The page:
|October – January
|Best Florida eating orange. Low acidity & few seeds.
|October – January
|Grown for early season fruiting, very juicy and easy to peel
|October – February
|Extremely sweet fruit with abundant production
|Use this tree if you plan to juice fruit.
|January – March
|More acid than other oranges and most desirable flavor.
Excellent eating or orange juice.
|Rhode Red Valencia
|March – June
|Deeper, richer color than Valencia. Eating or juice orange.
|December – February
|Sweet orange, 2 to 3″. Mid-season orange most widely
grown in Florida. Has seeds, excellent eating and juice orange.
|January – February
|Seedless, 3 to 4″. Excellent for eating and juicing.
|October – March
|Hangs on tree after maturity until April or May.
Provides long use for homeowners. Has seeds.
Excellent for eating and juice orange.
|November – January
|Inside color is red. Very sweet. Excellent eating or juice orange.
|February – April
|Red pigment in flesh is dependent upon color or cold night
temperatures, being darker in colder areas. Unique sweet flavor.
Citrus Care Guide
When to Plant:
Containerized citrus trees can be planted anytime throughout the year, as you are transferring the tree, not transplanting it and no shock to the plant is involved.
How to Plant:
Pick a sunny spot, with 50% or more sun, on a well drained soil or soil mix, 15 to 20 feet from house or large trees. Clear away weeds and grass, avoid septic tanks and drain lines. Have water available. Dig hole larger than the container.
To set tree in ground or larger container, remove existing container, shave away fiber roots from the side of root ball (IMPORTANT). Place tree in new hole or container. Fill hole 1/2 with water, then fill remaining soil, to ground level, in the hole. Pack soil to remove air pockets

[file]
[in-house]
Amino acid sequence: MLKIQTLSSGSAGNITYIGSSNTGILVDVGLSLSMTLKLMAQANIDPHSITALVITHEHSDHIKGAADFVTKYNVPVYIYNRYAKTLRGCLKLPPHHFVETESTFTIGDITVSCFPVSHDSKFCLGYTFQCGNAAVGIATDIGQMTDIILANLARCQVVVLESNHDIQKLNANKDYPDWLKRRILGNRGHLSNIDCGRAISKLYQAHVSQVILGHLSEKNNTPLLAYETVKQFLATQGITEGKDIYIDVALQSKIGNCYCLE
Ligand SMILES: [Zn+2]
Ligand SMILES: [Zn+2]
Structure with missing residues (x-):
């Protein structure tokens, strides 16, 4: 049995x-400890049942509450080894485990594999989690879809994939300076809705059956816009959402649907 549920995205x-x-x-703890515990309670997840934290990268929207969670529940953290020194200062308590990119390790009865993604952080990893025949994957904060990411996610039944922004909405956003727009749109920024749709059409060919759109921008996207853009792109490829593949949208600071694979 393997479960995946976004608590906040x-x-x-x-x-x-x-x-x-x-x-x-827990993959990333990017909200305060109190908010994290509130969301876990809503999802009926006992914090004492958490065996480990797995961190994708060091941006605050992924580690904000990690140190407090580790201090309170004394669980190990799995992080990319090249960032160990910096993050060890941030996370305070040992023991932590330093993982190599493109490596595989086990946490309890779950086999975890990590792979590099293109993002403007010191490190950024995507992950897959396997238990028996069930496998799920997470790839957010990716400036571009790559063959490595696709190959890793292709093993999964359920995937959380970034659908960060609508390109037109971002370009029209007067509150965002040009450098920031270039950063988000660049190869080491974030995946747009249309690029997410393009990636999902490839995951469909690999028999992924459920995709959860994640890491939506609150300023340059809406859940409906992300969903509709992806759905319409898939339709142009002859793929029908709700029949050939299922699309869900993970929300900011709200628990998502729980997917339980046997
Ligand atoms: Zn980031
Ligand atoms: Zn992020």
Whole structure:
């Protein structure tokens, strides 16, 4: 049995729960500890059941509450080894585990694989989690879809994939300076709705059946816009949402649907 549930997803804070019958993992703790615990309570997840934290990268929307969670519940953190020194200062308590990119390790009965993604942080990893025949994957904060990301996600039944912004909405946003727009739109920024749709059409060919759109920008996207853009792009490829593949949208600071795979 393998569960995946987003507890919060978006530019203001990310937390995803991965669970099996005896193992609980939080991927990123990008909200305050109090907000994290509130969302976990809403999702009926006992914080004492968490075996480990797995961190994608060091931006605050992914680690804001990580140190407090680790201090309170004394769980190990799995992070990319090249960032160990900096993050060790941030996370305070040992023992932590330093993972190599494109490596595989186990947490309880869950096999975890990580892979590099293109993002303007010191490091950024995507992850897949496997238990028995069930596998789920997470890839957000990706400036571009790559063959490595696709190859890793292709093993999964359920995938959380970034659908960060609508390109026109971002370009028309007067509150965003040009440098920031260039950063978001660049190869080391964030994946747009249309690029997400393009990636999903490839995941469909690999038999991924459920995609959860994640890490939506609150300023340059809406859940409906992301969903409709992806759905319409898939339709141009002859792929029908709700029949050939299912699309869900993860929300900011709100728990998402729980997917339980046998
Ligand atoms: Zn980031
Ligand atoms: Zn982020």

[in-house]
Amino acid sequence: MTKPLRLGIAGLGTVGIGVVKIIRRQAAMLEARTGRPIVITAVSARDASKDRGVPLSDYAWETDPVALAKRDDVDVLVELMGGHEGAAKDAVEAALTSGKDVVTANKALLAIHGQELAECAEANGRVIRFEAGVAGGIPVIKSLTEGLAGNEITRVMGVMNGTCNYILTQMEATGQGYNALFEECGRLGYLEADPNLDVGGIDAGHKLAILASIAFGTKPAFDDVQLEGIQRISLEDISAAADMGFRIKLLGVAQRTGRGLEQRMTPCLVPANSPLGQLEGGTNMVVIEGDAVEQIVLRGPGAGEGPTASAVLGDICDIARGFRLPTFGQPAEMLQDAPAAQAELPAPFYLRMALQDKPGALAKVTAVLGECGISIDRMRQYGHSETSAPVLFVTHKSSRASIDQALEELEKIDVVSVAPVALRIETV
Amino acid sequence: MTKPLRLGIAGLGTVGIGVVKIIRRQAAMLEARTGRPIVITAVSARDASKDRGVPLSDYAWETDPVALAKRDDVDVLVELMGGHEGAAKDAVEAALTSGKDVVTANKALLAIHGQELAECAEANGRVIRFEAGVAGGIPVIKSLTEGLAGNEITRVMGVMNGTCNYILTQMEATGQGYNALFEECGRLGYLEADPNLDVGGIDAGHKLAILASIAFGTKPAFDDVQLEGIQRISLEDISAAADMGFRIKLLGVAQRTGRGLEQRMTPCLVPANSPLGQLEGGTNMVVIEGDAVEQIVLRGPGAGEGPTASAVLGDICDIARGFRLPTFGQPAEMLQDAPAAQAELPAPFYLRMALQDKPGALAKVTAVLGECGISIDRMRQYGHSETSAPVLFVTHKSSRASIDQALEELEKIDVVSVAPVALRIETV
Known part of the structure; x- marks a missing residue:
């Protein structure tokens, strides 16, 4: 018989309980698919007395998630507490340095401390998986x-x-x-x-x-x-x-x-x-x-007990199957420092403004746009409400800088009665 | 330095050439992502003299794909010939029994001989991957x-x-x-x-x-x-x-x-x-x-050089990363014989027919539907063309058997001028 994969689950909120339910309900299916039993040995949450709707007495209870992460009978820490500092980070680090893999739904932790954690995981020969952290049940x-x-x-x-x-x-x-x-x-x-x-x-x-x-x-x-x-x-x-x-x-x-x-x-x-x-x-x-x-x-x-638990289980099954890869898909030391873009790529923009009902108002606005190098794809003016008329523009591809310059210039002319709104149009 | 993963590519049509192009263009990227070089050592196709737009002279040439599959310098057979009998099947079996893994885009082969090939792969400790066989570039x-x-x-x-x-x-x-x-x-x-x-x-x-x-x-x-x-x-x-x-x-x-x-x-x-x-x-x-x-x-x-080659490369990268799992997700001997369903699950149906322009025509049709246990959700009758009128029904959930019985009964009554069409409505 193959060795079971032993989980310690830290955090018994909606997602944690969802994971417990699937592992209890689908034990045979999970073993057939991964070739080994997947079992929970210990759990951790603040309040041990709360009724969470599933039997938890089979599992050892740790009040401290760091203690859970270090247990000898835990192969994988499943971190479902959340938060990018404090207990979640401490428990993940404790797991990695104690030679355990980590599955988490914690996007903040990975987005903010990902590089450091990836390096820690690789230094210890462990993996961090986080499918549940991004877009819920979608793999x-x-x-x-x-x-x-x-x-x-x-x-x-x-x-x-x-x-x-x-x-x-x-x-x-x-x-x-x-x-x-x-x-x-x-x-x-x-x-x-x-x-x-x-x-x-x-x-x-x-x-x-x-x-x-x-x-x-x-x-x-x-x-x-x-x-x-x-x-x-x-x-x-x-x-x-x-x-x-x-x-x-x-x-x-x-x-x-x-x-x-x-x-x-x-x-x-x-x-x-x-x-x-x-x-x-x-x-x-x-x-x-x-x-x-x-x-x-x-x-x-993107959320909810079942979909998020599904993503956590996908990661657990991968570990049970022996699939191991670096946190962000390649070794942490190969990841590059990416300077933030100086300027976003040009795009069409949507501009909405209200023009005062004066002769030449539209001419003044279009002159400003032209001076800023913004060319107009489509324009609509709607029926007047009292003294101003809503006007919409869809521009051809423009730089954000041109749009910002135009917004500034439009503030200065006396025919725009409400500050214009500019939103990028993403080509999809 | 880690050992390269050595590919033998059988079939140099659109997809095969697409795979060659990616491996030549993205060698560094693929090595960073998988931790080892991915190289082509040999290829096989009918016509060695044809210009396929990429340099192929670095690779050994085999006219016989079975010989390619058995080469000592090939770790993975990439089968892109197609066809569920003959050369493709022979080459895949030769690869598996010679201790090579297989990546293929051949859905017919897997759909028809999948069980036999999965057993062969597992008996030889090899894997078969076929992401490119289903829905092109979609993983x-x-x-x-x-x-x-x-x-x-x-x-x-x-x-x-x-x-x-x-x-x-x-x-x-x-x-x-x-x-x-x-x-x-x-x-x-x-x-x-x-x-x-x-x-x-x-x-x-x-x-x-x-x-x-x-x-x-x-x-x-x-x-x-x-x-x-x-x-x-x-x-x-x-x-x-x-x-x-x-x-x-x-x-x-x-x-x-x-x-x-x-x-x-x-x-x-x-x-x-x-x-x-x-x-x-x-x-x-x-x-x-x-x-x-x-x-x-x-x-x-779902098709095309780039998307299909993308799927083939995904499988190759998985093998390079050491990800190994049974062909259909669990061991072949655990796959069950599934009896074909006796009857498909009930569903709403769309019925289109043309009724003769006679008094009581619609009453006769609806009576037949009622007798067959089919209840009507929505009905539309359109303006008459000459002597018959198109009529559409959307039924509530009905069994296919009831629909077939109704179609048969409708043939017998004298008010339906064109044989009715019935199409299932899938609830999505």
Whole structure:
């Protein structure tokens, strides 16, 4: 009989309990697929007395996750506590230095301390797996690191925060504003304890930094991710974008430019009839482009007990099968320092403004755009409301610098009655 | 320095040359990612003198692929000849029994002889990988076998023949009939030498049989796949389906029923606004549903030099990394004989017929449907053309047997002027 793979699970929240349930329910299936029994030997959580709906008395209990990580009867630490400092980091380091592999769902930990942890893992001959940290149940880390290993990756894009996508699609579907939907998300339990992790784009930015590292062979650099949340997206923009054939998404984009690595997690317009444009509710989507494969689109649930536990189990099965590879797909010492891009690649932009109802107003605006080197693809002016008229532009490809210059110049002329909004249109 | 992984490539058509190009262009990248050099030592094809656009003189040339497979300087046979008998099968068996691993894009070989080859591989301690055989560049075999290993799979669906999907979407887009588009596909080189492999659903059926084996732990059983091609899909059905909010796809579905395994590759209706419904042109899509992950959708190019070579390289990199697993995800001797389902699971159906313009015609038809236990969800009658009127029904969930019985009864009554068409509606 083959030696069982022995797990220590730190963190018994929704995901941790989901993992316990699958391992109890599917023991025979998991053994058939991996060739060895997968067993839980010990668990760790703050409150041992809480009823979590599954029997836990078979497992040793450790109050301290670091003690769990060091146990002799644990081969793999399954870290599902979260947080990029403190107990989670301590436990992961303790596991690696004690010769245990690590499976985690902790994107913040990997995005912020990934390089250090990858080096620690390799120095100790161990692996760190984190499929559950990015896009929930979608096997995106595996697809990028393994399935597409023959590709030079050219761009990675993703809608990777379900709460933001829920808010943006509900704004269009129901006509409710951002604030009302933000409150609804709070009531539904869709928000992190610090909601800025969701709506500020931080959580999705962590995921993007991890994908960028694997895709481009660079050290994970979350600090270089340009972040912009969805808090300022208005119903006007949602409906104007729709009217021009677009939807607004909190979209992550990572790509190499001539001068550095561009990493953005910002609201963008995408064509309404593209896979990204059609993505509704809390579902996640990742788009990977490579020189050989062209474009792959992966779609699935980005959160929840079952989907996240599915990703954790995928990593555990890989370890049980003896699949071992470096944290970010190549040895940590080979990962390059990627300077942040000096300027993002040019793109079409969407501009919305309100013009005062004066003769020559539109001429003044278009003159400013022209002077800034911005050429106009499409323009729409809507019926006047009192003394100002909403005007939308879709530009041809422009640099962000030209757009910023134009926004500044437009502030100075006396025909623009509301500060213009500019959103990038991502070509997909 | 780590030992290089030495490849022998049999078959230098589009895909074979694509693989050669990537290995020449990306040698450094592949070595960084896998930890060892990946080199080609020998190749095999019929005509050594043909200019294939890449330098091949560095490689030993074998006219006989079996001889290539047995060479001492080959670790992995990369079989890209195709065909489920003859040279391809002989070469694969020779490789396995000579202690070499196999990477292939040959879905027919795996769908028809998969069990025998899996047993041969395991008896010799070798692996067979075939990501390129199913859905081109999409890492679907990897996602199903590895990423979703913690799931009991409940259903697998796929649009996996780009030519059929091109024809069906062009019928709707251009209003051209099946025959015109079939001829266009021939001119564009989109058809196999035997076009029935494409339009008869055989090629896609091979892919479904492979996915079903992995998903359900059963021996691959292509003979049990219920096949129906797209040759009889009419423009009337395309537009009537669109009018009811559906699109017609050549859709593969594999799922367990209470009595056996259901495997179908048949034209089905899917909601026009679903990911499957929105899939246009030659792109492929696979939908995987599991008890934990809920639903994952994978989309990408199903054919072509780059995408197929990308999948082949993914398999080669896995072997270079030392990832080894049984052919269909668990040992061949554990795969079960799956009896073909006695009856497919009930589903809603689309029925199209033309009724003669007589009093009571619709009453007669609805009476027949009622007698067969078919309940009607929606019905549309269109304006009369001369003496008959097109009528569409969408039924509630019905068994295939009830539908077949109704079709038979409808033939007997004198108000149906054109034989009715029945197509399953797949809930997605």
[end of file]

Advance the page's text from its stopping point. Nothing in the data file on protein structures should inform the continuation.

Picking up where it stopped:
For planting in the ground, build water cup 4 feet in diameter, 4 inches high, water once or twice weekly. (SEE BELOW)
Cold Weather Care:
To Protect From Frost or Freeze Damage:
If the plant is still in a container, set the plant indoors if there is the possibility of a frost or freeze.
If a freeze is forecast, cover the tree with a sheet or blanket. Covering should be removed when outside temperature reaches 36 degrees or more.
Some leaf droppage can be expected following a freeze, but this should be a temporary situation.
NEVER prune the tree after a hard freeze until the new growth is well underway.
If no new growth appears on the tree by late spring, (May or June), the tree has sustained severe damage.
NOTE: Any new growth below the graft (bud union) will be citrus rootstock and should be removed. (on grafted trees only)
Any new growth above the graft is new flush and is a good sign the trees has survived the freeze and should continue to produce.
- February – Valentines Day
- May – Mothers Day
- September – Labor Day
- Use citrus fruit tree fertilizer
- Our custom blend fertilizer. 8-4-8 sold / $25.00
Basic Insect Control
- Malathion with oil – Use when new growth is present on your trees. Please follow directions on the pesticide labels.